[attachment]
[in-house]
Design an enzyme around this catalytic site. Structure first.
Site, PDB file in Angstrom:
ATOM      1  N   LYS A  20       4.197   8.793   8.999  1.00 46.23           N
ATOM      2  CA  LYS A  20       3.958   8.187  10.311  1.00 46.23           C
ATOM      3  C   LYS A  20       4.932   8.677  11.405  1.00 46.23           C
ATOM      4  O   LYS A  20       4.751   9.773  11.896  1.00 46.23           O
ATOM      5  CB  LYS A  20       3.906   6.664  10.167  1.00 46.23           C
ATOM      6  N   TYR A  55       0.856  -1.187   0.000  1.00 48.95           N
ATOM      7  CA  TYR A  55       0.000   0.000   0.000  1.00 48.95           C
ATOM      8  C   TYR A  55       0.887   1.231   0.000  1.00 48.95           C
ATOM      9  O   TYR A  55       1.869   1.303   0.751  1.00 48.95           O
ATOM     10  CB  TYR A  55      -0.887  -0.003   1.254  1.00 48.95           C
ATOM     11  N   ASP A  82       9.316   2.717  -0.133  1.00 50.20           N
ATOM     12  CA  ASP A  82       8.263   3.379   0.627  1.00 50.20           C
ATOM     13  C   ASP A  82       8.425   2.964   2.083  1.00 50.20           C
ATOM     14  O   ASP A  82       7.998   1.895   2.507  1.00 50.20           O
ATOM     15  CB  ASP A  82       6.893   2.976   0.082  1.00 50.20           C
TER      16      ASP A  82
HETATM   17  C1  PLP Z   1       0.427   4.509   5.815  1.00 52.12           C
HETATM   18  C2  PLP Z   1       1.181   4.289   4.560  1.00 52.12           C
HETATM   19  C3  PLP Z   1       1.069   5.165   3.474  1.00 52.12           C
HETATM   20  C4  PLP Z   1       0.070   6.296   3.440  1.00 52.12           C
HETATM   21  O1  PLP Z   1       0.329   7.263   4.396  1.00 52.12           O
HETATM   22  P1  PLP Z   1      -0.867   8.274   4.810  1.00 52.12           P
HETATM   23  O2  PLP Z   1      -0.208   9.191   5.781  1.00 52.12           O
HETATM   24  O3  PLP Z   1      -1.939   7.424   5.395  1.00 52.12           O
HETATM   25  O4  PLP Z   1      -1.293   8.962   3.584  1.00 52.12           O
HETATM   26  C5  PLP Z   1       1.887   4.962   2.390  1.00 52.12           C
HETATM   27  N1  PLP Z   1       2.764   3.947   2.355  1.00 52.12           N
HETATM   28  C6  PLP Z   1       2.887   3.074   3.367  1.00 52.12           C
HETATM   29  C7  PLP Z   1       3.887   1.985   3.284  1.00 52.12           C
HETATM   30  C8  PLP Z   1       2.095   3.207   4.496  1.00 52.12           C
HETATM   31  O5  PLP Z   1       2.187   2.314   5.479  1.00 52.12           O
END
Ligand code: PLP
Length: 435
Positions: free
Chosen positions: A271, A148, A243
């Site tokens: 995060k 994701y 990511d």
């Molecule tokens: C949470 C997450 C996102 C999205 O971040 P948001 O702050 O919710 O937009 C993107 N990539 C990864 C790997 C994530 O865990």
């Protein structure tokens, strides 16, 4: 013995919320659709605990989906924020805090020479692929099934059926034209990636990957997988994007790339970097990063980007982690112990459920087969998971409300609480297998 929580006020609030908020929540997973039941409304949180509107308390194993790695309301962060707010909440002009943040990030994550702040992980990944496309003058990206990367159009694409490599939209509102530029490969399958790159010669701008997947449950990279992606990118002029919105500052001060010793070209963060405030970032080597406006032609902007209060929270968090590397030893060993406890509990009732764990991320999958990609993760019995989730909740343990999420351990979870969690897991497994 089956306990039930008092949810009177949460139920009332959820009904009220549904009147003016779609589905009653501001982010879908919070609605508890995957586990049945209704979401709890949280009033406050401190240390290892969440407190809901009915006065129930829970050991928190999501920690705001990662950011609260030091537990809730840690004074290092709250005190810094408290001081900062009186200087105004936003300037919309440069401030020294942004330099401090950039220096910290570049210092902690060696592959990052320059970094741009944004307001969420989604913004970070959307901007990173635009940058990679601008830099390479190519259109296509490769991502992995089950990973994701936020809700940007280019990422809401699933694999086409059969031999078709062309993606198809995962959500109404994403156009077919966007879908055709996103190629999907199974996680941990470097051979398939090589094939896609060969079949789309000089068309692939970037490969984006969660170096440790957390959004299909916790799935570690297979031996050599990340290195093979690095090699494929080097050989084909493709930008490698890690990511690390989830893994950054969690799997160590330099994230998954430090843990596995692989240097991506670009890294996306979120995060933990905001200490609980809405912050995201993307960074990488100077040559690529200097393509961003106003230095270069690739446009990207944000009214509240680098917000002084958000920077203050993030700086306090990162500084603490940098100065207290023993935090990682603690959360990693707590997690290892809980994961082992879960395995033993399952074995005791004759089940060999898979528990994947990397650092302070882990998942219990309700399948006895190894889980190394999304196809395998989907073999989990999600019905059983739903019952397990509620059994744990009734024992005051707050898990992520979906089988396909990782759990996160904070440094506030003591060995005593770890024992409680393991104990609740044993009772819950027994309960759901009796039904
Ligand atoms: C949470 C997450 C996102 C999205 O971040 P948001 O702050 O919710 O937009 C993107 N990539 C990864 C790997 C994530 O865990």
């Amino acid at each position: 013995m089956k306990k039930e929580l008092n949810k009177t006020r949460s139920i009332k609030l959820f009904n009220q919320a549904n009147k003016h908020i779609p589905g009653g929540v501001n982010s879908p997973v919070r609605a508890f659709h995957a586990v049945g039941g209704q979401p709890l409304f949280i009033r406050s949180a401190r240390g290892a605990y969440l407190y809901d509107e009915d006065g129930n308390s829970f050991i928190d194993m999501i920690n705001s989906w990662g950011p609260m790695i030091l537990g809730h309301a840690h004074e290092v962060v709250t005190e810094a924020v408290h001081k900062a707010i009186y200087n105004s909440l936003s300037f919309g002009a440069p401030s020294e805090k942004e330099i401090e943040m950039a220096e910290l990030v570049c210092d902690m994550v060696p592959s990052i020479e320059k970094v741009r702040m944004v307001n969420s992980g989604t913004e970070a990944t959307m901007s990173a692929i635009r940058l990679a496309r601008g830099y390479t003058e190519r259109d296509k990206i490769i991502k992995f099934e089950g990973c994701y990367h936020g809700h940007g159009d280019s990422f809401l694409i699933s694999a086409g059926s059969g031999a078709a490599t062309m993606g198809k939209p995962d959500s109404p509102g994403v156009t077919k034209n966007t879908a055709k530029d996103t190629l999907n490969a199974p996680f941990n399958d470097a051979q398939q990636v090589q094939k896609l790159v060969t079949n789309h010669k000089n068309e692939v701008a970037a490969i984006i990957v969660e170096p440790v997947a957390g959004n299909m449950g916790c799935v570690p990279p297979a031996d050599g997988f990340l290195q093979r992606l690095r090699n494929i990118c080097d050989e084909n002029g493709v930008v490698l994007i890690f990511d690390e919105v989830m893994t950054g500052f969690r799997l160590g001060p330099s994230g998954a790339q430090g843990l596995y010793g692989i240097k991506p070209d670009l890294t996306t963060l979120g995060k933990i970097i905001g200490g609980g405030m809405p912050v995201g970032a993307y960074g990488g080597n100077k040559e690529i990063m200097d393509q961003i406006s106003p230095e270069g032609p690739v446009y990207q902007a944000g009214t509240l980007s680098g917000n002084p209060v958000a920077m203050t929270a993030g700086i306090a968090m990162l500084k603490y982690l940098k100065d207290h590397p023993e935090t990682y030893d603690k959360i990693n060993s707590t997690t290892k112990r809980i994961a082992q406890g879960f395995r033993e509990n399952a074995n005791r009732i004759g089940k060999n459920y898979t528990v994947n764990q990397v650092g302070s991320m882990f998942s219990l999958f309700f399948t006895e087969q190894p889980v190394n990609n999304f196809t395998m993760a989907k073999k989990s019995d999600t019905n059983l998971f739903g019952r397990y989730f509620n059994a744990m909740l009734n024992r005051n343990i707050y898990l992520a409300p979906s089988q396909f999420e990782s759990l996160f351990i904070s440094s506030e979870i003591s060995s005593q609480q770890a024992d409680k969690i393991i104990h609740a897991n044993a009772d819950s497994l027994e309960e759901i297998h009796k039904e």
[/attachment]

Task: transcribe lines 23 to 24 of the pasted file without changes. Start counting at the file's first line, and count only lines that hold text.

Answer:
HETATM   20  C4  PLP Z   1       0.070   6.296   3.440  1.00 52.12           C
HETATM   21  O1  PLP Z   1       0.329   7.263   4.396  1.00 52.12           O